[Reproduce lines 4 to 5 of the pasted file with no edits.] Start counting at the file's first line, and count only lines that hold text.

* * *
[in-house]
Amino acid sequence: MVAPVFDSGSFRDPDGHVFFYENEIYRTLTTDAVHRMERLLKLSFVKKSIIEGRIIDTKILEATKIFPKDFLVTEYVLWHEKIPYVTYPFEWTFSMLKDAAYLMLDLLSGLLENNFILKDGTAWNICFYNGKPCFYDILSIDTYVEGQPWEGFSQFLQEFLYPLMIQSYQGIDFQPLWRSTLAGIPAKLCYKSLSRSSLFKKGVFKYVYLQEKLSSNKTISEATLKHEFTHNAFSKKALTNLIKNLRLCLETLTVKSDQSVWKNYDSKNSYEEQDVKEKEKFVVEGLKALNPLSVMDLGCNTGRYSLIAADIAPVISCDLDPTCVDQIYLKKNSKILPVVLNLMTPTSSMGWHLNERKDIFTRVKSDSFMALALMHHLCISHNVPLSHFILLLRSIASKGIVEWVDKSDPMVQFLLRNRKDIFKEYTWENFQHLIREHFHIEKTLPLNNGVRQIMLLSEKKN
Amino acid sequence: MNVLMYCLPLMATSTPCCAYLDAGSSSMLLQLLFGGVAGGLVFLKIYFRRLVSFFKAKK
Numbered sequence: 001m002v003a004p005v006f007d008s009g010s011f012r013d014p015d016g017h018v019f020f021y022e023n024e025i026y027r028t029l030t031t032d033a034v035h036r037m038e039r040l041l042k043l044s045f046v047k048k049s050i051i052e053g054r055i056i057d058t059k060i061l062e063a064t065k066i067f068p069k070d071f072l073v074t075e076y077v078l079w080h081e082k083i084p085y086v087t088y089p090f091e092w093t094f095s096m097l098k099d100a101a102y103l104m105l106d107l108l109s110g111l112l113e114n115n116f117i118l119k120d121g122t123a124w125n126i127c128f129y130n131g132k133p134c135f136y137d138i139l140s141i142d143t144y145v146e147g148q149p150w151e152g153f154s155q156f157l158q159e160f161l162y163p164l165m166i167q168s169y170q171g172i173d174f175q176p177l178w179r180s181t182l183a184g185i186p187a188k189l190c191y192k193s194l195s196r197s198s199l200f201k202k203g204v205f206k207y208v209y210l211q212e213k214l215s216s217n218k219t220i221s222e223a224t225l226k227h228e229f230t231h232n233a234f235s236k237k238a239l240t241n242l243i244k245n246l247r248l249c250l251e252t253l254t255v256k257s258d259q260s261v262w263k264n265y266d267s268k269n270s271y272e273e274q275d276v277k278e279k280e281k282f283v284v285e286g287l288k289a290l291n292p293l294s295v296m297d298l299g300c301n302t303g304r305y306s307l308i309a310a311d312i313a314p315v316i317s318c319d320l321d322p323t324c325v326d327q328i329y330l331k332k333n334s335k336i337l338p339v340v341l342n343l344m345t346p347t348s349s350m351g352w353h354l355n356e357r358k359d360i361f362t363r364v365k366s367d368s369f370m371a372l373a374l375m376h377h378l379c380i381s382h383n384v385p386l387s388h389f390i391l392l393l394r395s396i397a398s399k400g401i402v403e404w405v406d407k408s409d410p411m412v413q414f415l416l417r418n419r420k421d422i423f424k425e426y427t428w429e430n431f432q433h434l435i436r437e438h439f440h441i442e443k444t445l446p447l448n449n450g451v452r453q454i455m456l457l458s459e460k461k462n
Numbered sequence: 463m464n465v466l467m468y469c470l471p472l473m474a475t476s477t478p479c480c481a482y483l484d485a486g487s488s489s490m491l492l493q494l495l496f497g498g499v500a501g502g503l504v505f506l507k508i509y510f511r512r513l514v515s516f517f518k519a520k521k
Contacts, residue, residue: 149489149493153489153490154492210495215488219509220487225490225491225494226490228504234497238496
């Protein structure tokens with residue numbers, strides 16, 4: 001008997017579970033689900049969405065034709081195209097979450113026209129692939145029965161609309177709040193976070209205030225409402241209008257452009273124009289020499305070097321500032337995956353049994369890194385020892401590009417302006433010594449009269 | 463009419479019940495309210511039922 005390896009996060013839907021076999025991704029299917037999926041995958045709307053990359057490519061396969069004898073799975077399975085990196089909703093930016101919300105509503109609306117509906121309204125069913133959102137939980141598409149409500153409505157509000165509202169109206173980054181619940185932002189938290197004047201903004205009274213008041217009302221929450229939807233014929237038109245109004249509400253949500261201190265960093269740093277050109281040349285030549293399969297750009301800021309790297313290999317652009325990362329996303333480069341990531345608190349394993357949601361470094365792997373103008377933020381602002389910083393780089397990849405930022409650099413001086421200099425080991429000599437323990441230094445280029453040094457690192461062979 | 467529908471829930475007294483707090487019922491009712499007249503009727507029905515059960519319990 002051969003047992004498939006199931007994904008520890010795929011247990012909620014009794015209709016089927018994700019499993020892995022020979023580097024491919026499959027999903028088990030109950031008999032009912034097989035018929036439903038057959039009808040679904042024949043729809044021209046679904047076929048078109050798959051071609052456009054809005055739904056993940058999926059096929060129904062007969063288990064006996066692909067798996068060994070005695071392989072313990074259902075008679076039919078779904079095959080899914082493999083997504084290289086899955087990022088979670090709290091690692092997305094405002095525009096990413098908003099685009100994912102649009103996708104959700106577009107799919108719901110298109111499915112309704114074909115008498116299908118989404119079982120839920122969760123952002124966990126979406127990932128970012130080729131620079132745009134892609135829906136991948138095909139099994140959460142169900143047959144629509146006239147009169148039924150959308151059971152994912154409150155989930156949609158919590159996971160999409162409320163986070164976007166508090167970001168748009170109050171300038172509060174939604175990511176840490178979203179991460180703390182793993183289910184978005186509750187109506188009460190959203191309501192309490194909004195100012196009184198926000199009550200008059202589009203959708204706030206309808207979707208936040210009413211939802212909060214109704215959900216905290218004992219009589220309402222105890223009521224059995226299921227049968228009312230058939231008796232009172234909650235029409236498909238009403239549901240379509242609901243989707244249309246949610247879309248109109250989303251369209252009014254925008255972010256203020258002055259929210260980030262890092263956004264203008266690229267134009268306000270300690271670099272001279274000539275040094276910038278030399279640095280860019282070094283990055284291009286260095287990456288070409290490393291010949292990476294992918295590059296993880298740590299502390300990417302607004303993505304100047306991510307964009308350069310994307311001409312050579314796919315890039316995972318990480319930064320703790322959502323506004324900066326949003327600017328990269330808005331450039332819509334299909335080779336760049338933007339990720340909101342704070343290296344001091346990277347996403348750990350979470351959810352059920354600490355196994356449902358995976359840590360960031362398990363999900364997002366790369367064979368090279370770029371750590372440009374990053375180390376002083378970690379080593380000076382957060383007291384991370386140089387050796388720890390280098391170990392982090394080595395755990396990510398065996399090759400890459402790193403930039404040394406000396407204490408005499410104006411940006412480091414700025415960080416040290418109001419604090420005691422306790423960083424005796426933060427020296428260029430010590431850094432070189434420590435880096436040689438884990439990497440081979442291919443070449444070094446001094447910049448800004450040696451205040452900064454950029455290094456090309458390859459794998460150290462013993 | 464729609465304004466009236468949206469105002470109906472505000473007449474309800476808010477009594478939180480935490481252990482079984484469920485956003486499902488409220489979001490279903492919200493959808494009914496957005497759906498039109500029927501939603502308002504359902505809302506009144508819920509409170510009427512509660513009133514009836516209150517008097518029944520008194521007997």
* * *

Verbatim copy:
Numbered sequence: 001m002v003a004p005v006f007d008s009g010s011f012r013d014p015d016g017h018v019f020f021y022e023n024e025i026y027r028t029l030t031t032d033a034v035h036r037m038e039r040l041l042k043l044s045f046v047k048k049s050i051i052e053g054r055i056i057d058t059k060i061l062e063a064t065k066i067f068p069k070d071f072l073v074t075e076y077v078l079w080h081e082k083i084p085y086v087t088y089p090f091e092w093t094f095s096m097l098k099d100a101a102y103l104m105l106d107l108l109s110g111l112l113e114n115n116f117i118l119k120d121g122t123a124w125n126i127c128f129y130n131g132k133p134c135f136y137d138i139l140s141i142d143t144y145v146e147g148q149p150w151e152g153f154s155q156f157l158q159e160f161l162y163p164l165m166i167q168s169y170q171g172i173d174f175q176p177l178w179r180s181t182l183a184g185i186p187a188k189l190c191y192k193s194l195s196r197s198s199l200f201k202k203g204v205f206k207y208v209y210l211q212e213k214l215s216s217n218k219t220i221s222e223a224t225l226k227h228e229f230t231h232n233a234f235s236k237k238a239l240t241n242l243i244k245n246l247r248l249c250l251e252t253l254t255v256k257s258d259q260s261v262w263k264n265y266d267s268k269n270s271y272e273e274q275d276v277k278e279k280e281k282f283v284v285e286g287l288k289a290l291n292p293l294s295v296m297d298l299g300c301n302t303g304r305y306s307l308i309a310a311d312i313a314p315v316i317s318c319d320l321d322p323t324c325v326d327q328i329y330l331k332k333n334s335k336i337l338p339v340v341l342n343l344m345t346p347t348s349s350m351g352w353h354l355n356e357r358k359d360i361f362t363r364v365k366s367d368s369f370m371a372l373a374l375m376h377h378l379c380i381s382h383n384v385p386l387s388h389f390i391l392l393l394r395s396i397a398s399k400g401i402v403e404w405v406d407k408s409d410p411m412v413q414f415l416l417r418n419r420k421d422i423f424k425e426y427t428w429e430n431f432q433h434l435i436r437e438h439f440h441i442e443k444t445l446p447l448n449n450g451v452r453q454i455m456l457l458s459e460k461k462n
Numbered sequence: 463m464n465v466l467m468y469c470l471p472l473m474a475t476s477t478p479c480c481a482y483l484d485a486g487s488s489s490m491l492l493q494l495l496f497g498g499v500a501g502g503l504v505f506l507k508i509y510f511r512r513l514v515s516f517f518k519a520k521k